How to...


by Kristen Euretig, CFP®

Stop worrying about your financesMoney is one of the biggest stressors out there. Maybe you never seem to have enough in your bank account to pay off your credit card bills in full or you aren’t sure if you’re putting enough of your income into savings. Personal finance is a big, nebulous area for many people. Women especially seem to bear the brunt of financial stress and worry. According to BlackRock’s 2017 Investor Pulse survey, while 58 percent of men have a positive view of their financial future, only 46 percent of women do. That's why I want to empower women through taking control of their finances. It’s time to stop worrying about your finances and take the first step to doing something about them. 

Set goals for yourself
In order to really take control of your finances, you need to set goals. Ask yourself these questions: What do I want to do? What do I want money to do for me? These two questions are the key to financial planning. What are your goals? Paying off credit card debt? Traveling across Europe next summer? Buying an apartment in three years? Think about how you envision your future and how money affects those hopes and dreams. Set your goals accordingly and write them down! At Brooklyn Plans, we host financial vision boarding events to help people visualize their goals and stay motivated. It’s a wonderful reminder to keep working hard.

Take it one step at a time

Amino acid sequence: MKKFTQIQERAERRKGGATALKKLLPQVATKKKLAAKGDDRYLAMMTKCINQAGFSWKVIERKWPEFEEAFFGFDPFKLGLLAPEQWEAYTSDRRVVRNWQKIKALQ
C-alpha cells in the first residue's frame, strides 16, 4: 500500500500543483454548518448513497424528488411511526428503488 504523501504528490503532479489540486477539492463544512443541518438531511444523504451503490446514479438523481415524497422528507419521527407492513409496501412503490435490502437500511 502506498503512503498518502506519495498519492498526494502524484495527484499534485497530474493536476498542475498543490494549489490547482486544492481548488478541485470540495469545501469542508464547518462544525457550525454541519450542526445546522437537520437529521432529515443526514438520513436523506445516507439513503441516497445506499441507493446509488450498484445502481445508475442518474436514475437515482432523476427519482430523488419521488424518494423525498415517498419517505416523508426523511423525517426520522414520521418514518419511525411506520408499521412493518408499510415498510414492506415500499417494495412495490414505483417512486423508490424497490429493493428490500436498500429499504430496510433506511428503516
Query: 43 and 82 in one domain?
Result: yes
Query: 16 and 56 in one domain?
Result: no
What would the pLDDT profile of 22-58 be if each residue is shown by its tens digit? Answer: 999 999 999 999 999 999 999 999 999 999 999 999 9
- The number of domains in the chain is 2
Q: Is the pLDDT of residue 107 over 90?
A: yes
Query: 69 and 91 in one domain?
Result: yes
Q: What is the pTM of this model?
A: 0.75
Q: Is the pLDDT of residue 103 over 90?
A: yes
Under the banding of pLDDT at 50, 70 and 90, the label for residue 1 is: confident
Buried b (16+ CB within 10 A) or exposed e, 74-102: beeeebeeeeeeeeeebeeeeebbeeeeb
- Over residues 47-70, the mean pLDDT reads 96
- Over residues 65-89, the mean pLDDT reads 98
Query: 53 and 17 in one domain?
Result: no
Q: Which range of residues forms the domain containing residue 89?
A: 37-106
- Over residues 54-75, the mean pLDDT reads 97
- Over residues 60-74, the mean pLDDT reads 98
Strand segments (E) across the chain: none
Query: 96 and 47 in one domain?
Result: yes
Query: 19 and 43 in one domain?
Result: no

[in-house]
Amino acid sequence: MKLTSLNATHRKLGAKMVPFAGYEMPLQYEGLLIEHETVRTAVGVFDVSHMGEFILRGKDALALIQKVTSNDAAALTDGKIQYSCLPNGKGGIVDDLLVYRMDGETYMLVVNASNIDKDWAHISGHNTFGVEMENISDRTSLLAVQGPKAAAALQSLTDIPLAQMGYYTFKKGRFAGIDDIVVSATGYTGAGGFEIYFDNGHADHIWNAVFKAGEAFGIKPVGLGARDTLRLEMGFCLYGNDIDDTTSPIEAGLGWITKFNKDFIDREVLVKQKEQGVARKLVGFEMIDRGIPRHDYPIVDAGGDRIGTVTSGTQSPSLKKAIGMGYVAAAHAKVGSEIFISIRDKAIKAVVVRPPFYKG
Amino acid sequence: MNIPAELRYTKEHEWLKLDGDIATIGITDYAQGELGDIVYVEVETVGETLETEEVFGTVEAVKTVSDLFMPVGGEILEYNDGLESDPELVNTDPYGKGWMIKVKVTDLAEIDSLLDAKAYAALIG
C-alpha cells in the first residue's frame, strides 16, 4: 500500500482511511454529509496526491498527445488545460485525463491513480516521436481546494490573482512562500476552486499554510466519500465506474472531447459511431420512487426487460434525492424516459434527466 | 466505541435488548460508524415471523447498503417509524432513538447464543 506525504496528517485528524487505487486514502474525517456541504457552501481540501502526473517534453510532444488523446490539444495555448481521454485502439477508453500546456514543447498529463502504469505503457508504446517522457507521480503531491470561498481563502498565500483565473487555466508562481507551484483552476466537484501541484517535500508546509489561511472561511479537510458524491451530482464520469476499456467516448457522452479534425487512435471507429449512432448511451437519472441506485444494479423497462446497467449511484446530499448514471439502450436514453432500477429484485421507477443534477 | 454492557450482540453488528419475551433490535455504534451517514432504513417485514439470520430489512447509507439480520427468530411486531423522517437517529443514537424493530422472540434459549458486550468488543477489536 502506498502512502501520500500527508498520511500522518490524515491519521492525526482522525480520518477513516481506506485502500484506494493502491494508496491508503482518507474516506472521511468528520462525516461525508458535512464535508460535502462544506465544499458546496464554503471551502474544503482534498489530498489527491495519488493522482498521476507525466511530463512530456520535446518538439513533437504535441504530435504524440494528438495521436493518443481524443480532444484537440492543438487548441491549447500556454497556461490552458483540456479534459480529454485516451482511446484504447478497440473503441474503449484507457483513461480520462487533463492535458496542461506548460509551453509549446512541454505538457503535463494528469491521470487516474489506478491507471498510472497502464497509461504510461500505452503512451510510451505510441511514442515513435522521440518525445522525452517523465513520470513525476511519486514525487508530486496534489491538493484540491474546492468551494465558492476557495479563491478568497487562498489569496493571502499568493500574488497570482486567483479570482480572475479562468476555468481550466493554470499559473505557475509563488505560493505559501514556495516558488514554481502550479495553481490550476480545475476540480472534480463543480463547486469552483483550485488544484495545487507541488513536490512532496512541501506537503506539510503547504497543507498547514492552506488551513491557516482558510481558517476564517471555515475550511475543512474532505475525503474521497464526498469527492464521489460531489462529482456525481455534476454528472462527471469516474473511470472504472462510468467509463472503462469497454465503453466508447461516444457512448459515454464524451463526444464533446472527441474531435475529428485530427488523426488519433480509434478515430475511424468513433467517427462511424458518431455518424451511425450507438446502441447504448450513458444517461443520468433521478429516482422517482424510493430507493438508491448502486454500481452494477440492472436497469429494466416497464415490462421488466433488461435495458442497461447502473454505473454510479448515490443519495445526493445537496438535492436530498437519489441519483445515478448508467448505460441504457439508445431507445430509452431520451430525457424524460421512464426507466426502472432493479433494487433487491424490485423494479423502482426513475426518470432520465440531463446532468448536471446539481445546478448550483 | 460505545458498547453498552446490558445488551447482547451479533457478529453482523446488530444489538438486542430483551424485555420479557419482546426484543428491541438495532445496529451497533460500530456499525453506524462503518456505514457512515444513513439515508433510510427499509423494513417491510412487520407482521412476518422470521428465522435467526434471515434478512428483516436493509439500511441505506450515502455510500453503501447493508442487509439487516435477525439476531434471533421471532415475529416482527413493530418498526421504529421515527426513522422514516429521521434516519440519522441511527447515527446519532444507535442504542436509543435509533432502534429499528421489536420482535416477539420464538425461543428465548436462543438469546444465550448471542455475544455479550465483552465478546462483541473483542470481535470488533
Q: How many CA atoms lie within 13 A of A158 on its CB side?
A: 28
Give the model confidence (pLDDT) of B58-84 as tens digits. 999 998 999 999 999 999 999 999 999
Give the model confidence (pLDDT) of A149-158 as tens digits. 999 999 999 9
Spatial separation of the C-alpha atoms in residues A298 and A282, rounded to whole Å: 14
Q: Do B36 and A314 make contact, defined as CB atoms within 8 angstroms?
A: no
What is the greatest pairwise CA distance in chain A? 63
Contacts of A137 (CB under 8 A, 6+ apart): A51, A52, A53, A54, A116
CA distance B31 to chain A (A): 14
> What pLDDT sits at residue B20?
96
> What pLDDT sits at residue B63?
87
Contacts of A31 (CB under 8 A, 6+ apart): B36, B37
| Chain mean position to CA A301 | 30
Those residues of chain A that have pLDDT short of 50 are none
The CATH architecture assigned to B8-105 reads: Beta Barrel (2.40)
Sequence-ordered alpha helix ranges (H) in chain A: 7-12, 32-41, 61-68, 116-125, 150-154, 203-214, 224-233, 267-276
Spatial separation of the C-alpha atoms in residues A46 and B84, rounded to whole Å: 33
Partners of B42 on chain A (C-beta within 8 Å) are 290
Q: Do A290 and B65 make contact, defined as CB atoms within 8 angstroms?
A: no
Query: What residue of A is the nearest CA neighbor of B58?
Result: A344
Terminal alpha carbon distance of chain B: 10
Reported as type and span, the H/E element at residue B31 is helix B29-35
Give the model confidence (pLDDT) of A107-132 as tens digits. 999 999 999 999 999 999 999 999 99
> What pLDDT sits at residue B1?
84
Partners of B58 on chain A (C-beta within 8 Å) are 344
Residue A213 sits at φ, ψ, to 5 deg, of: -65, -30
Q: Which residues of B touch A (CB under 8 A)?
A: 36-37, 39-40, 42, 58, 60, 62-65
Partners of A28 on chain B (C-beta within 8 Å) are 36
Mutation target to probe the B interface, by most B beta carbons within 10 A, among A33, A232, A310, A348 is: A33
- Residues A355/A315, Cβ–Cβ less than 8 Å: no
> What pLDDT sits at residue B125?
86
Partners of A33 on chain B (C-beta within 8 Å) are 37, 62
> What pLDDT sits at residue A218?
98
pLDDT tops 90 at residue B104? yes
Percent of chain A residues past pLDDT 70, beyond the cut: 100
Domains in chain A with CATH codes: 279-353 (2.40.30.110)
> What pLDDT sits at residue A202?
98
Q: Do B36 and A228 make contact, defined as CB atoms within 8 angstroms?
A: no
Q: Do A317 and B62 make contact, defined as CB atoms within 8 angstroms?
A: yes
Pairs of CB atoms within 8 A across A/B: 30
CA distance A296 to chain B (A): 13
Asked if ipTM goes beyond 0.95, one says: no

Don’t overwhelm yourself by trying to completely overhaul your finances in one swoop. Take control of your finances one step at a time. It’s okay if you aren’t in a position to pay off your debt and save for retirement simultaneously. Do it in increments. For example, if you don’t have a savings account, open one up and put $100 in it. Make your next goal be to put another $100 in it. Once you’ve achieved that, raise your goal to $500. By taking it step by step, you’re more likely to stay on track and reach your goals.

Hold yourself accountable
If you are determined to achieve your goals and master financial planning, you need to hold yourself accountable. Make a money date with yourself or your partner each week or month to evaluate how you are doing and if you are succeeding. Be as honest and as objective as you can. If you need some extra support, share your goals with a trusted friend or family member who can continue to encourage you and remind you to stay on track. There’s strength in numbers!

Know when to give yourself a break
The most important thing you can do is to give yourself a break. You don’t have a degree in finance or economics, and they don’t teach financial planning in school. It’s okay that you haven’t had the tools to properly take control of your financial future. You can’t fix that overnight. That’s why it’s best to set goals and take baby steps. Overall, be gentle with yourself on this journey. Financial planning doesn’t have to be stressful or painful. If you follow these steps, you might even find what I believe: that financial planning is exciting, rewarding, and empowering! You just have to get started!

Kristen Euretig, CFP®, owns Brooklyn Plans, LLC, a financial planning firm dedicated to helping today’s women.

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